Wednesday, June 15, 2011

For Love of Insects

Science fiction writers in need of an alien or two have only to peruse this book for inspiration. There's the bombardier beetle, for instance, which is capable of discharging with great accuracy jets of boiling acid from its butt.

Yes, boiling.

Spraying is only one way to deliver a toxic substance. Some millipedes, for example, ooze cyanide from glandular pores. Others creatures, lacking defensive glands, are reflex bleeders – their toxic bodily fluids leak out from easily ruptured cuticle. Additional delivery methods include defensive vomiting and defecating. Yowza!

Larvae of the leaf beetle protect themselves by extruding fecal matter in long strands, which they then attach to themselves until they are completely hidden from view, creating the appearance of a tiny haystack.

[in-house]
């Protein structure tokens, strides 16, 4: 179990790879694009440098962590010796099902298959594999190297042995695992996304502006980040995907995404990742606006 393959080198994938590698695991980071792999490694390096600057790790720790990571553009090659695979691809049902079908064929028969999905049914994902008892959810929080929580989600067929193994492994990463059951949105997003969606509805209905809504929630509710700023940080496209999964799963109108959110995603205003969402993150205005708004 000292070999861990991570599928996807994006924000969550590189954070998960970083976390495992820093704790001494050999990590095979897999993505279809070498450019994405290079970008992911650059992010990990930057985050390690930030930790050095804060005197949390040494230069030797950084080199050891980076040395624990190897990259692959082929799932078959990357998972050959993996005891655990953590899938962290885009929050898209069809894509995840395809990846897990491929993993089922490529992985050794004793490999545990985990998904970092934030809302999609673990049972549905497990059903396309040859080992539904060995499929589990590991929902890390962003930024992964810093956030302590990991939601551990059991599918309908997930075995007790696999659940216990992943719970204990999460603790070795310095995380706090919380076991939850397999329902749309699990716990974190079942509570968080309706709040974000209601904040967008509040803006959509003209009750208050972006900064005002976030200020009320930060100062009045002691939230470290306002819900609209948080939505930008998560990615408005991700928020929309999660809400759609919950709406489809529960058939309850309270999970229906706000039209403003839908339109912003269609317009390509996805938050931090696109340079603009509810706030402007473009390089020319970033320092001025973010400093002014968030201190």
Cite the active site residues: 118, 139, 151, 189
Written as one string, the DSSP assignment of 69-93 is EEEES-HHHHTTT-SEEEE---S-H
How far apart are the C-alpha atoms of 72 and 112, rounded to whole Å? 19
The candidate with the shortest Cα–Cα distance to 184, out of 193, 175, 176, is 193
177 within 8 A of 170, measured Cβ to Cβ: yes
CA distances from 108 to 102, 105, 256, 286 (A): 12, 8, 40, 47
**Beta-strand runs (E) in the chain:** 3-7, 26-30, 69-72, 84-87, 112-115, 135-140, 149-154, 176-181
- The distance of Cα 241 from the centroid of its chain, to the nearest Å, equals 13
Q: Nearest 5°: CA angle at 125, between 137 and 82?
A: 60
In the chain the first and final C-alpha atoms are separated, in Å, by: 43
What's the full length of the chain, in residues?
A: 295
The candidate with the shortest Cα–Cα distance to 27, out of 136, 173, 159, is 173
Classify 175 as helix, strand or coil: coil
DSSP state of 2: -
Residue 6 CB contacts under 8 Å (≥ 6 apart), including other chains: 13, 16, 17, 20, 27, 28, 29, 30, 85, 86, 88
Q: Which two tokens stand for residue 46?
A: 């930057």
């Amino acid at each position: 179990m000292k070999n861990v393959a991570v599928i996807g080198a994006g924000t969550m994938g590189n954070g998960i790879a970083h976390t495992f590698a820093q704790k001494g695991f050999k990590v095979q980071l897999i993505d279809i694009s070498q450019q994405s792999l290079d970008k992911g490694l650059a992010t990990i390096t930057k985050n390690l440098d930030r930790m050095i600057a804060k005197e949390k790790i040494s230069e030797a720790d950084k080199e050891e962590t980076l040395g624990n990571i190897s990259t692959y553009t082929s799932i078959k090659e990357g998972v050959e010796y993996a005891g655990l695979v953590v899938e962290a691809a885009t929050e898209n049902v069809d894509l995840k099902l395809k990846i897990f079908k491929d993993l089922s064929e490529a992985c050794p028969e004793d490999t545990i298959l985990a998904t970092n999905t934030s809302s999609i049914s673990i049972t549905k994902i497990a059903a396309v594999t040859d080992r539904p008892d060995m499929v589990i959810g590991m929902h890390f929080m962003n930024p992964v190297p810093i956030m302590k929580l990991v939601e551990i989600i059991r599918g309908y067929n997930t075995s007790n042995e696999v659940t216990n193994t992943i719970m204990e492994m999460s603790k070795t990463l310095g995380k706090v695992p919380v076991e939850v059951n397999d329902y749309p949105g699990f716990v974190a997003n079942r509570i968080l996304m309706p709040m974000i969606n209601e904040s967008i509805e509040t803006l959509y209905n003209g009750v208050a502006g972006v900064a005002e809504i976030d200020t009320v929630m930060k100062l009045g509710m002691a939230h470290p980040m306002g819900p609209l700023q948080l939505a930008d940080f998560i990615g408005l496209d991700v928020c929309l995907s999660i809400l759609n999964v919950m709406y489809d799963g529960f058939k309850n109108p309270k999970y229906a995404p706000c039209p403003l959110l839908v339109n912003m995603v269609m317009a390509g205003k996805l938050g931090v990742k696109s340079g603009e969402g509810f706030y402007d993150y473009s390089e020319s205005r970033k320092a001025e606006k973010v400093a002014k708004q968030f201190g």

Some insects practice seminal gift giving. In one species of moth, males lose 10% of their mass when mating. They transfer not just sperm to females, but also nutrients and protective alkaloids. Copulation takes upward of 9 hours.

Butterflies engage in a strange behaviour called puddling. They drink and expel prodigious amounts of water (eg 600 times their body mass) in order to acquire sodium, which is then transferred to females during mating.

Bolas spiders, which do not make webs, bring down their prey bola-style, using a thread with a drop of glue at the end.

These are only a few of the creatures you'll meet in this wonderful book, which is packed with brilliant colour photos that illustrate the bizarre goings-on of insects and arthropods.

The author, Thomas Eisner, is one of the fathers of chemical ecology. He tells us that probably far less than half of all insect species have been discovered, leaving unknown a vast reservoir of chemical compounds. "Chemical prospecting in the world of insects can still bring real rewards," he writes.

He passed away earlier this year.